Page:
1911 Encyclopædia Britannica/Mull (fabric)

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21735131911 Encyclopædia Britannica, Volume 18 — Mull (fabric)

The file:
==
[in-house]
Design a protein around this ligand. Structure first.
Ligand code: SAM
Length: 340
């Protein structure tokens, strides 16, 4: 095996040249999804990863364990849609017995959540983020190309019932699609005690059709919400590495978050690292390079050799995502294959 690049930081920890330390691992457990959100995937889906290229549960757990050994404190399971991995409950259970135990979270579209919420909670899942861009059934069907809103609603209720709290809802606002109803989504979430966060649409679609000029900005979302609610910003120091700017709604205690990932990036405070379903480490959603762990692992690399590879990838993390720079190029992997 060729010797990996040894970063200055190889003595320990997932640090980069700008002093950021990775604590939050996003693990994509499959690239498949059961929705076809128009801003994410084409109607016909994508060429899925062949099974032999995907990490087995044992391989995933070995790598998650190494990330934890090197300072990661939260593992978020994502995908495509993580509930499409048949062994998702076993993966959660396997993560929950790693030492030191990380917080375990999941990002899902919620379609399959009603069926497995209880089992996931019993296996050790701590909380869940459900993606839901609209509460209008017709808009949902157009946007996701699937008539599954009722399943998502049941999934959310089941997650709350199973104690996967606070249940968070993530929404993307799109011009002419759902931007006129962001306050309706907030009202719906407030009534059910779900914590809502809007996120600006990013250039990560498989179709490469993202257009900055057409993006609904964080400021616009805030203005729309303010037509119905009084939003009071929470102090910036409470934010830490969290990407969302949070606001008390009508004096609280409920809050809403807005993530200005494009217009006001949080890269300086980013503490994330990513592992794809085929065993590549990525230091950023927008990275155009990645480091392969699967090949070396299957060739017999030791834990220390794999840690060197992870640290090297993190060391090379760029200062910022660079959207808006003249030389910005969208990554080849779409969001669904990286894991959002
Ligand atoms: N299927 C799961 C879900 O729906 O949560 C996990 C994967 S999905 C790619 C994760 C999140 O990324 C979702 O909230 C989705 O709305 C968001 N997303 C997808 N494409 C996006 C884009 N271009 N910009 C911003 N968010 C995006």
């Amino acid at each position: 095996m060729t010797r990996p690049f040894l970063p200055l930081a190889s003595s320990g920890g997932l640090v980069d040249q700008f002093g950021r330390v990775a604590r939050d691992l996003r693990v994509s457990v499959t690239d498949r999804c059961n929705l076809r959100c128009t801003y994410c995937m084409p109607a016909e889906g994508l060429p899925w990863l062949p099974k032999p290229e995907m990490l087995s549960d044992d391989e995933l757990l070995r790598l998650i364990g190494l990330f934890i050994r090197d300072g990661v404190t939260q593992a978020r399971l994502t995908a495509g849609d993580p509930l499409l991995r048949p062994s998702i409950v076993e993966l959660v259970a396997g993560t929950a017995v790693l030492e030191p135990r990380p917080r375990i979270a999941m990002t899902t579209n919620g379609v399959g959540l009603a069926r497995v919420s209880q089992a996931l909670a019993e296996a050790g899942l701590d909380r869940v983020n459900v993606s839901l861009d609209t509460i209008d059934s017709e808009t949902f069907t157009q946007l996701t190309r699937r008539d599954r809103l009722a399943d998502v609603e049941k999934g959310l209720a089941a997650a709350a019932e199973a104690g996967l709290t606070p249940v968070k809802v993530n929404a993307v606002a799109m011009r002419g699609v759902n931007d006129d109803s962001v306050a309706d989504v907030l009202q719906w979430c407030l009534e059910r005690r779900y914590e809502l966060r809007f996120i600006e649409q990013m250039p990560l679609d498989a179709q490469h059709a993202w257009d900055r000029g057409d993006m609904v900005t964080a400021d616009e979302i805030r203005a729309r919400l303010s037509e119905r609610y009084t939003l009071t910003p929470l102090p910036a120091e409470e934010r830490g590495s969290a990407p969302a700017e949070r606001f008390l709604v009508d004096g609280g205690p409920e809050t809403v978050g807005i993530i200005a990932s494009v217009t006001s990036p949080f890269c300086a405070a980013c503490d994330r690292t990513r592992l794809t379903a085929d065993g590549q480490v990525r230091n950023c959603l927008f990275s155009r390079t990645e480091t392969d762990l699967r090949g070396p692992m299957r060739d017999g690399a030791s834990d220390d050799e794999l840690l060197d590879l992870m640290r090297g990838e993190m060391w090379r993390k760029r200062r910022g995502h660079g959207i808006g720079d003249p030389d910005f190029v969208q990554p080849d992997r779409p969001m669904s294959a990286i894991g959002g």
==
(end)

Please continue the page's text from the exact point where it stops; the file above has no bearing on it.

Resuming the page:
MULL. (1) A soft plain muslin exported largely from England to India, &c., and used also in some qualities for summer dresses in the home trade. The name is an abbreviation of the Hindu mulmul. (2) A word, derived from the same root as seen in “meal” and “mill,” meaning that which is ground or reduced in other ways to powder or small particles. Thus a snuff-box is in Scotland called a “mull,” from the early machines in which the tobacco was ground. Large snuff-mulls, which remained stationary on a table, as opposed to the small portable boxes, often took the form of a ram’s head ornamented in silver. Possibly from the ground or grated spices with which ale or wine is flavoured when heated, comes the expression “mulled,” as applied to such a beverage. The colloquial expression “to make a mull,” i.e. to muddle or make a failure of something, also perhaps connected with “to mull,” to reduce to powder. (3) The Scots word “mull,” meaning a promontory or headland, as the Mull of Galloway, the Mull of Kintyre, represents the Gaelic maol, cf. Icelandic mūli in the same sense; this may be the same as mūli, snout, cf. Ger. Maul.